1. Beasts of the Southern Wild– No matter how skilled a filmmaker is, rarely does a movie come along that creates a cinematic world that is seething with a new kind of life, a world or vision that movies haven’t seen before. Director Benh Zeitlin, working with a do-it-yourself low budget commune of filmmaking talent and some extraordinary “non-professional” performers, does that with Beasts of the Southern Wild. The ferocious story of Hushpuppy (the amazingly talented child actress Quvenzhané Wallis) and her small, increasingly hopeless village on the other side of a Louisiana levee is filled with fantastical, visually stunning sequences as well as low budget narrative economy. It is this year’s biggest contradiction, and its biggest success.
2. Amour– Michael Haneke’s second movie in a row to win the Cannes Film Festival’s highest honor (the Palme D’or) is the director’s most empathetic and devastating work to date. As the camera lingers in the apartment of Georges and Anne (legendary French performers Jean-Louis Trintignant and Emanuelle Riva in devastatingly good form), we become privy to the elderly Parisian couple’s tender, haunting final moments together. It is a slow crawl toward death, absent plot twists or Haneke’s sadism. Watching it yields no pleasure, but everything from the incredible performances to the wonderfully precise camera movement lingers long after the movie ends.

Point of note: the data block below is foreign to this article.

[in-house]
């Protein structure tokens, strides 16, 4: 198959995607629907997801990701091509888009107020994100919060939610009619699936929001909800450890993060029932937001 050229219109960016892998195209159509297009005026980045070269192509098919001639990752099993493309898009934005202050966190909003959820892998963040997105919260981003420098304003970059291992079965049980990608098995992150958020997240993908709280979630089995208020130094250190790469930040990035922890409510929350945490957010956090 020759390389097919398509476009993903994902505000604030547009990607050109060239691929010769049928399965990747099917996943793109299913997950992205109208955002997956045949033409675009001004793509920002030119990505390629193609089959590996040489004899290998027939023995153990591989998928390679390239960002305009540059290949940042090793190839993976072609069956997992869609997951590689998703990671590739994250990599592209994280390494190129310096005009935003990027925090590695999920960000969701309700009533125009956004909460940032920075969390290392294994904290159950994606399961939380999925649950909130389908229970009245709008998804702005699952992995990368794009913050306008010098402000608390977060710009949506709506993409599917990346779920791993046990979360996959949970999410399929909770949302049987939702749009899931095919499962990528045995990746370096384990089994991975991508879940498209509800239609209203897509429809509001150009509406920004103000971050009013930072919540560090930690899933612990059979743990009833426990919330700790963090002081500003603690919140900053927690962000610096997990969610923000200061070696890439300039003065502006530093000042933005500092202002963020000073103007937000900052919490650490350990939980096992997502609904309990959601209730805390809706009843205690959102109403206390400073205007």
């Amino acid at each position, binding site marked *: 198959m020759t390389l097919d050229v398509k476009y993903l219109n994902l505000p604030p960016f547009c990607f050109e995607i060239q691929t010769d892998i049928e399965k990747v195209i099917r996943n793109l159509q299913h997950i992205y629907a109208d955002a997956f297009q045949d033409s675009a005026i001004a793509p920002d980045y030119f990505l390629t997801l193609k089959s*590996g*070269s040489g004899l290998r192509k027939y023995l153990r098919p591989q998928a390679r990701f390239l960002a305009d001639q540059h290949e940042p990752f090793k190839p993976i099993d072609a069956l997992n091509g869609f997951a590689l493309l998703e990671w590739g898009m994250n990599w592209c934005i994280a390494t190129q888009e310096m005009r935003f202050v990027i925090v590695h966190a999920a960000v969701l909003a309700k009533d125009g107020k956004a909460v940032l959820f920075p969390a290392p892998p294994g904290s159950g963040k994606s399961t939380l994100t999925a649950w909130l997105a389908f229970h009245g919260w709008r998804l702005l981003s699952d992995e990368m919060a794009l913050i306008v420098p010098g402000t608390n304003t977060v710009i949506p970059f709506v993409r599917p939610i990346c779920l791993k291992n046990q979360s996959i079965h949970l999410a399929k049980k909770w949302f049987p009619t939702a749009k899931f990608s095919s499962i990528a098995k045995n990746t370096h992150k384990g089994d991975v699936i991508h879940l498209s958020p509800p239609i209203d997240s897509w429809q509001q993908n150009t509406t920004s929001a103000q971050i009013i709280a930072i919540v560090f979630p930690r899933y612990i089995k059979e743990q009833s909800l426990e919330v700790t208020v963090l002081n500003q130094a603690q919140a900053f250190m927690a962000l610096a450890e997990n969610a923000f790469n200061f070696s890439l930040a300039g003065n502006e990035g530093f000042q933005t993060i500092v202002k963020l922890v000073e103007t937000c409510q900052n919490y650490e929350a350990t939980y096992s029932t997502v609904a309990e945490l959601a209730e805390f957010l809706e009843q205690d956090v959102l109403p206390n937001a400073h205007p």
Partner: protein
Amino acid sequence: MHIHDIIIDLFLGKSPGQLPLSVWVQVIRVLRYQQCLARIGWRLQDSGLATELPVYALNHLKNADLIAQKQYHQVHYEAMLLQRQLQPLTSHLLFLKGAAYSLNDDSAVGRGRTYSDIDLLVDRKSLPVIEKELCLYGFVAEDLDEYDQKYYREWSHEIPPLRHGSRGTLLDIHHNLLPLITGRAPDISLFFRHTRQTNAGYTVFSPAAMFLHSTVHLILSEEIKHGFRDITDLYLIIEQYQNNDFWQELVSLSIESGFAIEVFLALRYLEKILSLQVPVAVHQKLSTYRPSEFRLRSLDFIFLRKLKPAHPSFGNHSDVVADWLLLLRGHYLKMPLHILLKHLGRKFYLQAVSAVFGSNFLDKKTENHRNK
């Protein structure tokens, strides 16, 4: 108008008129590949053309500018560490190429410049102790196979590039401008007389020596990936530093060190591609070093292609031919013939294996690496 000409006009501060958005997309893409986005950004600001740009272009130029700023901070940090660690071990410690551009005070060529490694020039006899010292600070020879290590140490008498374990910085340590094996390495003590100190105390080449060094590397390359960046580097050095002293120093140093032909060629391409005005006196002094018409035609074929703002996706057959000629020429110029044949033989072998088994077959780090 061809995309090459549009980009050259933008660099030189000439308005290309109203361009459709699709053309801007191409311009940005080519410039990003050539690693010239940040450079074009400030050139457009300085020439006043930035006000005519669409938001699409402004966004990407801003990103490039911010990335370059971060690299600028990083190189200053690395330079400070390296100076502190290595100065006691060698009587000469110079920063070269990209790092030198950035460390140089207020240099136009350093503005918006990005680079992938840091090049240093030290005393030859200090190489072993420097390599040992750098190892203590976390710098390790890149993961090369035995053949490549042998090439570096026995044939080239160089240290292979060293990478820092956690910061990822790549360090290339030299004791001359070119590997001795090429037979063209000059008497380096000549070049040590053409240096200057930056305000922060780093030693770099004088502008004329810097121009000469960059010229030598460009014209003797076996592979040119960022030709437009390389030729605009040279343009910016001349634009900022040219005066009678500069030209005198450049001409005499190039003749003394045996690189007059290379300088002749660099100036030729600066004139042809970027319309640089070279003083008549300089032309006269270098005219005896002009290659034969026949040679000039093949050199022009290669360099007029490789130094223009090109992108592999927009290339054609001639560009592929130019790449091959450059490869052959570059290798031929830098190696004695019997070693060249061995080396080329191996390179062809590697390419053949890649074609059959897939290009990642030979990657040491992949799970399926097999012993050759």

The Kid With a Bike Directed by: Jean-Pierre Dardenne & Luc Dardenne Written by: Jean-Pierre Dardenne & Luc Dardenne Starring: Thomas Doret, Cécile de France, Jérémie Renier and Egon Di Mateo
The Kid With a Bike is the first encounter I’ve had with Jean-Pierre and Luc Dardenne, the Belgian auteurs who seem to take the art house world by storm with each new movie. This film, their latest, is an emotionally rich story of Cyril (Thomas Doret), a young foster child trying to find his way in a world with increasingly closed doors.
As there often is in movies like this, one person is shamelessly on Cyril’s side even though he is stubborn and rage-filled. Samantha (the fantastic Cécile de France) is at the same medical clinic that Cyril storms through in an attempt to evade officials from the foster home he has escaped from. He clings to her with such force that it takes two men to pry him off of her, though she makes no concerted effort to help them. “You can hold me, but not that tight,” she says to him.